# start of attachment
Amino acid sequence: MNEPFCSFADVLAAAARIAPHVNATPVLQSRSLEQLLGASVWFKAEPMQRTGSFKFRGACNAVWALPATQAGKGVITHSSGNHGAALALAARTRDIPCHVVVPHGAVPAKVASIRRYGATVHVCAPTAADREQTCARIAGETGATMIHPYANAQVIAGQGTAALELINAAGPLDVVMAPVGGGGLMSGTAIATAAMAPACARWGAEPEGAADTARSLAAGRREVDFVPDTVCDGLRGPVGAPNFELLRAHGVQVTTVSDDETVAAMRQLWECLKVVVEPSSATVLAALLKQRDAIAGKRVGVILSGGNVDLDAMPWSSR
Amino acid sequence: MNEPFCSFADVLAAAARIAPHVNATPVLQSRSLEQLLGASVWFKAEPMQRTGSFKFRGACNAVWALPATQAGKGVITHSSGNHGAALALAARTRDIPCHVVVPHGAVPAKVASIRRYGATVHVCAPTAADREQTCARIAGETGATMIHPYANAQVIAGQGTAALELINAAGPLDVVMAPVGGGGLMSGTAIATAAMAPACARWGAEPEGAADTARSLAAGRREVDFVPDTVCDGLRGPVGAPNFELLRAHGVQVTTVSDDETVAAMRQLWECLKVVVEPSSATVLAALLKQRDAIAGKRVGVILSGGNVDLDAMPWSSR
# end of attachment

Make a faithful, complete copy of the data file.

Amino acid sequence: MNEPFCSFADVLAAAARIAPHVNATPVLQSRSLEQLLGASVWFKAEPMQRTGSFKFRGACNAVWALPATQAGKGVITHSSGNHGAALALAARTRDIPCHVVVPHGAVPAKVASIRRYGATVHVCAPTAADREQTCARIAGETGATMIHPYANAQVIAGQGTAALELINAAGPLDVVMAPVGGGGLMSGTAIATAAMAPACARWGAEPEGAADTARSLAAGRREVDFVPDTVCDGLRGPVGAPNFELLRAHGVQVTTVSDDETVAAMRQLWECLKVVVEPSSATVLAALLKQRDAIAGKRVGVILSGGNVDLDAMPWSSR
Amino acid sequence: MNEPFCSFADVLAAAARIAPHVNATPVLQSRSLEQLLGASVWFKAEPMQRTGSFKFRGACNAVWALPATQAGKGVITHSSGNHGAALALAARTRDIPCHVVVPHGAVPAKVASIRRYGATVHVCAPTAADREQTCARIAGETGATMIHPYANAQVIAGQGTAALELINAAGPLDVVMAPVGGGGLMSGTAIATAAMAPACARWGAEPEGAADTARSLAAGRREVDFVPDTVCDGLRGPVGAPNFELLRAHGVQVTTVSDDETVAAMRQLWECLKVVVEPSSATVLAALLKQRDAIAGKRVGVILSGGNVDLDAMPWSSR